That is not an especially complicated idea. Nor it is a new idea. In a sense, it is simply an observation of how thought, broadly defined, has evolved and where we now find ourselves with respect to it.

But it is the source of a great deal of incoherence and thus conflict.

We can see the eye and we can see the brain and we can see the function of seeing in terms of mechanics, but we cannot see seeing. “Seeing” is not an object but an effect.

This is not especially problematic as it pertains to sight. However, it is the same thing with consciousness, and that is problematic, or can be.

We can perceive the body and its points of sensation. We can see the brain which collects data produced by the senses. So we can perceive the function of perception in terms of mechanics – how the senses gather data, how the brain organizes it, the reportable perception emerging therefrom – but we can’t see mind or consciousness.

Mind or consciousness is not an object but an effect. We can’t remove consciousness and put it on a table and observe it, the way we can with a heart, say. And if we could objectify consciousness – put it over there on the table for study – with what would we be conscious of it?

Consciousness can’t get outside itself. First person experience can’t become third person experience. Third person objective experience always arises within the first person.

This leads to a kind of illusion. Because it cannot see itself objectively, and thus ascertain what it is and where it comes from, first person subjective experience is apt to allow for the possibility of mystery or divine forces as its source. It indulges superstition. It indulges its indulgences.

The self that we perceive – which is real in its own right – suspects there is more to life, which “more” is hidden from it, and so it begins an arduous search for God or Truth, for that which is the Whole.

And that search is bound to be futile because there is nothing to find. There is no mystery. Nothing is missing. This is it. This this.

We might think of it this way. If our dog is missing, it makes sense to go out and look for our dog. We should pull out all the stops – put up fliers, a website, offer rewards, organize search teams, spend hours in the forest whistling and calling and so forth.

But if our dog is trotting along beside us while we do all this, then doing it is not coherent. It’s not necessary. The dog is here.

So the suggestion is that thought is constantly projecting some absence and simultaneously working to solve the problem that something is absent. It’s a kind of loop, and the answer isn’t to find what’s absent, it’s just to see the loop for what it is and let it be.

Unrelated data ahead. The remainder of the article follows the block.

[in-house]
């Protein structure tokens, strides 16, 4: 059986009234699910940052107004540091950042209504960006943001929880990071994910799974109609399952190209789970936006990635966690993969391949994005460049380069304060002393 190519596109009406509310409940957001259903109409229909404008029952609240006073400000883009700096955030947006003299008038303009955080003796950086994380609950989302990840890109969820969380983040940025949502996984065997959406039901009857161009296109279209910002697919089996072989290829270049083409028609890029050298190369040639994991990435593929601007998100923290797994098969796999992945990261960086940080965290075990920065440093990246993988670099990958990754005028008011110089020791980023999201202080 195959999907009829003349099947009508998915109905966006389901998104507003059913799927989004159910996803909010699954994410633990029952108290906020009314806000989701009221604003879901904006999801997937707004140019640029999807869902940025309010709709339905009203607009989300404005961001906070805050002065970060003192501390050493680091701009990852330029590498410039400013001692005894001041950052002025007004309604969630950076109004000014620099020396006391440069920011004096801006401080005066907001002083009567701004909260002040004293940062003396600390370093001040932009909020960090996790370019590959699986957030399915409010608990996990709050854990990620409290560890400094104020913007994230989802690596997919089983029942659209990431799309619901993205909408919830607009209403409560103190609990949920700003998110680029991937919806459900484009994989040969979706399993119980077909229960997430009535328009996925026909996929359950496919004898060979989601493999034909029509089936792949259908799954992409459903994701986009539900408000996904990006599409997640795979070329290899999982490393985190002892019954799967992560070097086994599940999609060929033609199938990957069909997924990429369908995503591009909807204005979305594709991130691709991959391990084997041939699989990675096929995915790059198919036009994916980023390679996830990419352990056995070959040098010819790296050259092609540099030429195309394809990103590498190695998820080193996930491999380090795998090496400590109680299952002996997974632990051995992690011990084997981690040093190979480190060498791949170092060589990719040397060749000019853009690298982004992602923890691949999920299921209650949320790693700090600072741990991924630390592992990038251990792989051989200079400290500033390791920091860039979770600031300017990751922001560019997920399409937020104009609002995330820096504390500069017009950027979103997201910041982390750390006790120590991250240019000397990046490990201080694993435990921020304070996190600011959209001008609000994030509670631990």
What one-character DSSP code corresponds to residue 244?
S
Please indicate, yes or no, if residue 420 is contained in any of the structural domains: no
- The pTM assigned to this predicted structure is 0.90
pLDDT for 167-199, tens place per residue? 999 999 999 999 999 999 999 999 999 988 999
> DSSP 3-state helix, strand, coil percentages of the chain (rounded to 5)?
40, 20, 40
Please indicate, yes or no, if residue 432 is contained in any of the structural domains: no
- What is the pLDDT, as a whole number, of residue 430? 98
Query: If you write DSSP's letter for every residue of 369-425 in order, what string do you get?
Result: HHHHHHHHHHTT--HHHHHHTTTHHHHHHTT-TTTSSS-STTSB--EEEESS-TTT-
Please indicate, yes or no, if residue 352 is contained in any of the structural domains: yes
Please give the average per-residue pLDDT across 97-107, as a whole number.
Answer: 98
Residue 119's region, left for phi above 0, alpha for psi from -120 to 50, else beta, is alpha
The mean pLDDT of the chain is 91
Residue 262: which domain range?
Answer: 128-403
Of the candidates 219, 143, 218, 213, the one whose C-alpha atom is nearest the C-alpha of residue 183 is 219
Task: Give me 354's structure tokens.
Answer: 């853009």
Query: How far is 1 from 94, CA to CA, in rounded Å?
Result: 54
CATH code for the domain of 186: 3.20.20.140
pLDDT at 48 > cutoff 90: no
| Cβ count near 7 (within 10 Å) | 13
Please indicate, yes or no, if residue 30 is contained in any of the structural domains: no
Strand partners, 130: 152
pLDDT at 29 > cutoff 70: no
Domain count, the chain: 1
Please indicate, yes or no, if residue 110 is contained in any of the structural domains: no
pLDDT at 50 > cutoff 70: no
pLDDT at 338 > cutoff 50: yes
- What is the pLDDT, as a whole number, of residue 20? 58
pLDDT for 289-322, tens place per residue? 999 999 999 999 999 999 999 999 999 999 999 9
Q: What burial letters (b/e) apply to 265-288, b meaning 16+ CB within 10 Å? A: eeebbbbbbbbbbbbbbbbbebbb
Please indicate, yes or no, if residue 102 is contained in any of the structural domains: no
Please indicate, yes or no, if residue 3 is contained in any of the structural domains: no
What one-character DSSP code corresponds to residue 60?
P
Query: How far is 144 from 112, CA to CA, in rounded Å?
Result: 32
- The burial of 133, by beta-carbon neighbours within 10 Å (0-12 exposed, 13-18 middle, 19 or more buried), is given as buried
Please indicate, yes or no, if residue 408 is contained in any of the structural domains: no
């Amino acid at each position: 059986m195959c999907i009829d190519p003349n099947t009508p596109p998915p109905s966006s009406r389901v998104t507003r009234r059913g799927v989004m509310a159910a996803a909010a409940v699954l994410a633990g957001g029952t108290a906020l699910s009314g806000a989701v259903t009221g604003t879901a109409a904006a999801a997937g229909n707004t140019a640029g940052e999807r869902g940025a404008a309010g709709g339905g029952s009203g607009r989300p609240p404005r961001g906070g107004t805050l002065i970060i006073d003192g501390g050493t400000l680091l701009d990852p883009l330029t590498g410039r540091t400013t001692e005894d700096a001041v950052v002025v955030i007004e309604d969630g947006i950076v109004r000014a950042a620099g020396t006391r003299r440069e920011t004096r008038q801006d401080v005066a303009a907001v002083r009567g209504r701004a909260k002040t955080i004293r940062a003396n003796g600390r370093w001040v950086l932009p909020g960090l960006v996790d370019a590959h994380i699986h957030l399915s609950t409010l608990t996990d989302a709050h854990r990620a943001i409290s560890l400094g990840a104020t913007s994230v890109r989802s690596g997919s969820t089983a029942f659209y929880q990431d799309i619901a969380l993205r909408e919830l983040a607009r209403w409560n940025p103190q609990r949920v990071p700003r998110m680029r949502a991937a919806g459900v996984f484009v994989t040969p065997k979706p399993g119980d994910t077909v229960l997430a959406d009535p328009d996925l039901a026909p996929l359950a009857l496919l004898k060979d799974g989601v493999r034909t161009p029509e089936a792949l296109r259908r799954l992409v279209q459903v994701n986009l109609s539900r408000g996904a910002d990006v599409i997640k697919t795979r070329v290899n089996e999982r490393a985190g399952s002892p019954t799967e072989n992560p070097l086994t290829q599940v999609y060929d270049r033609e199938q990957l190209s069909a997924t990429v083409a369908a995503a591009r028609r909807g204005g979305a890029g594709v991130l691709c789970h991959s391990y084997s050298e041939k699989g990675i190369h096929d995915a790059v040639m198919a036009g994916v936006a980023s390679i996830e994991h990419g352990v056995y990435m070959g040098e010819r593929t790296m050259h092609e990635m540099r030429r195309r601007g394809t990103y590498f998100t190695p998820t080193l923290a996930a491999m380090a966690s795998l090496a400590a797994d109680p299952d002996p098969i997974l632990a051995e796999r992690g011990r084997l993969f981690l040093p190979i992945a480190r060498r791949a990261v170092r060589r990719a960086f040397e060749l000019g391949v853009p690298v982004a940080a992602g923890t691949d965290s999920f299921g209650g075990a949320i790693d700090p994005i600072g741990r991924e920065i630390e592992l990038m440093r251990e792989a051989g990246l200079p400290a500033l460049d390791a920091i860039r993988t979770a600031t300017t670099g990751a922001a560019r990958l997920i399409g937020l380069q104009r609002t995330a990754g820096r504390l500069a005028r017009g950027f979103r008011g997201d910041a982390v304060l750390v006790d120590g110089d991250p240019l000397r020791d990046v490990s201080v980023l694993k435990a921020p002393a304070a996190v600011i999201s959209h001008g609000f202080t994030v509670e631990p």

With respect to A Course in Miracles – and spiritual seeking generally – in the final sense, they point beyond themselves, effectively ending or undoing themselves. For students who are interested and ready, the course can do this. It can bring us to the far reaches of thought where stillness abides, and truth.

Of course, there is nothing wrong with being uninterested and unready. There are lots of ways to try and climb a sand dune and anyway, all that happens at the top – should you get there – is that you have to come back down.

And really, “back down” isn’t a big deal either. You’re at the beach. Go swimming or build a sandcastle. Read some cheesy summer fiction. Show off your abs or admire somebody else’s. It’s okay. It’s more than okay, because we are all here together.

{ 4 comments… add one }
  • Annie July 7, 2016, 11:54 am

    • Sean July 8, 2016, 7:15 am

      Thank you Annie. I hope you and your family are well.

  • Eric July 9, 2016, 9:44 am

    I’ve recently taken all my course materials and boxed them up and put them in the attic. I think I’m done with the course and all that surrounds it.

    • Sean July 10, 2016, 6:51 am

      Hi Eric. It’s nice to hear from you. I hope you and your family are well.

      I hear you. What can you do? The course is what it is, sometimes helpful sometimes not, and the course community is what it is, sometimes lovely and kind, sometimes small and maddening. I don’t know what’s right.

      As you know, I have gone through long phases where I don’t look at the course. These days it seems helpful to me, so I attend to it, though the broader course community seems less helpful or necessary than before.

      Attics are fine places for books. I have been shoveling a lot of mine to our attic myself. Some will probably come back down but others won’t and that’s fine.

      You are a smart, thoughtful and devoted guy, course or no course. I’m grateful you visit from time to time and still hold out hope we might one day meet for coffee, though my capacity for travel seems to shrink almost daily.

      Be well!